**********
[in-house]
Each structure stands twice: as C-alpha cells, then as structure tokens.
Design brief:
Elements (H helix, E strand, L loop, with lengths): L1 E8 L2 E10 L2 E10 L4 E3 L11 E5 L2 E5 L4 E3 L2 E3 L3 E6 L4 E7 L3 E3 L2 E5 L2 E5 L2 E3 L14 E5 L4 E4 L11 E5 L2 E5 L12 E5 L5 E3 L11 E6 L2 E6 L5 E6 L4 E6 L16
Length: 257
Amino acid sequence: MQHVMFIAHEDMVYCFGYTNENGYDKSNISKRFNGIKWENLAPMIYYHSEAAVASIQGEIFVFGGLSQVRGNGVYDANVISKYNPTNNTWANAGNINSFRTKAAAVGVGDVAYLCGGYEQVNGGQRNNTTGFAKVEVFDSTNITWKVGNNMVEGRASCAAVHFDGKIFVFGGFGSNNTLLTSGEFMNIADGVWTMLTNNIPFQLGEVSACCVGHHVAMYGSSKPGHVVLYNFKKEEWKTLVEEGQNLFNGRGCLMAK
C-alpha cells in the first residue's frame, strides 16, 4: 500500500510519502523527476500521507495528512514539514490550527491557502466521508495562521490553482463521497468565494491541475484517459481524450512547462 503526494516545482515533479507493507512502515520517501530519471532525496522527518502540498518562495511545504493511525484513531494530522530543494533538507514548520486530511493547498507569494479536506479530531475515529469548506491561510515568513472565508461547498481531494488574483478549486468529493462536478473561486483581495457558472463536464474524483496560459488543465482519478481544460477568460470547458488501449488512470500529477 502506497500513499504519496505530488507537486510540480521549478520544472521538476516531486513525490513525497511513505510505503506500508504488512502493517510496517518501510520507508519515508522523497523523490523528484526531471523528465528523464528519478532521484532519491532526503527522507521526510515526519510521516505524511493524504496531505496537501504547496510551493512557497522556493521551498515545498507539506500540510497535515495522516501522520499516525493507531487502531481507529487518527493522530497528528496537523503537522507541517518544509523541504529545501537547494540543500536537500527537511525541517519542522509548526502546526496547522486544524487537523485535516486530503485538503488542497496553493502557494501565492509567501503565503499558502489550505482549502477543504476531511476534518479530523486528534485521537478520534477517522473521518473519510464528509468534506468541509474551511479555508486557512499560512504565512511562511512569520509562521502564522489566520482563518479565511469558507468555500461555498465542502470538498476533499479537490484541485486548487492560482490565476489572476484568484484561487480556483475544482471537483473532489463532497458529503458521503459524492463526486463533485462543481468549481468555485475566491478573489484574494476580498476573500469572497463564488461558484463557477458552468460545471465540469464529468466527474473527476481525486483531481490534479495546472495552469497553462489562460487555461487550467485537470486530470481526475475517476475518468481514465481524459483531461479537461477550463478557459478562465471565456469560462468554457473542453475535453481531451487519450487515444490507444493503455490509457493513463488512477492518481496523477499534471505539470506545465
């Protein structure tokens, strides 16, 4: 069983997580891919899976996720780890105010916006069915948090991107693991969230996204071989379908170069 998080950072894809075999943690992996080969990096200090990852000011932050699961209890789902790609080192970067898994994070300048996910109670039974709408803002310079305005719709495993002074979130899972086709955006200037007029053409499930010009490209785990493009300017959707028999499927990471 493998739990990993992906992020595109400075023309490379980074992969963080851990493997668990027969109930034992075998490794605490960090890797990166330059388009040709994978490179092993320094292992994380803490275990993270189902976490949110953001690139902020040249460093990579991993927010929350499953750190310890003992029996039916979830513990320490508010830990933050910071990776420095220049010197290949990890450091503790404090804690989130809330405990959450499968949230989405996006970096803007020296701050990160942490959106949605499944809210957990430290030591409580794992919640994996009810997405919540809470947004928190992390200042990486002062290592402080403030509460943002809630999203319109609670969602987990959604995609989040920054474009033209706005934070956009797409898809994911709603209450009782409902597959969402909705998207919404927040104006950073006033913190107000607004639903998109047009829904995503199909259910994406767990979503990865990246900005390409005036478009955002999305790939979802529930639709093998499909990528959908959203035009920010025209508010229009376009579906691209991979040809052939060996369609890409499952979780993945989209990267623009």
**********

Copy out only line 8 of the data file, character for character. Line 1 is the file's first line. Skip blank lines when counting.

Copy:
């Protein structure tokens, strides 16, 4: 069983997580891919899976996720780890105010916006069915948090991107693991969230996204071989379908170069 998080950072894809075999943690992996080969990096200090990852000011932050699961209890789902790609080192970067898994994070300048996910109670039974709408803002310079305005719709495993002074979130899972086709955006200037007029053409499930010009490209785990493009300017959707028999499927990471 493998739990990993992906992020595109400075023309490379980074992969963080851990493997668990027969109930034992075998490794605490960090890797990166330059388009040709994978490179092993320094292992994380803490275990993270189902976490949110953001690139902020040249460093990579991993927010929350499953750190310890003992029996039916979830513990320490508010830990933050910071990776420095220049010197290949990890450091503790404090804690989130809330405990959450499968949230989405996006970096803007020296701050990160942490959106949605499944809210957990430290030591409580794992919640994996009810997405919540809470947004928190992390200042990486002062290592402080403030509460943002809630999203319109609670969602987990959604995609989040920054474009033209706005934070956009797409898809994911709603209450009782409902597959969402909705998207919404927040104006950073006033913190107000607004639903998109047009829904995503199909259910994406767990979503990865990246900005390409005036478009955002999305790939979802529930639709093998499909990528959908959203035009920010025209508010229009376009579906691209991979040809052939060996369609890409499952979780993945989209990267623009």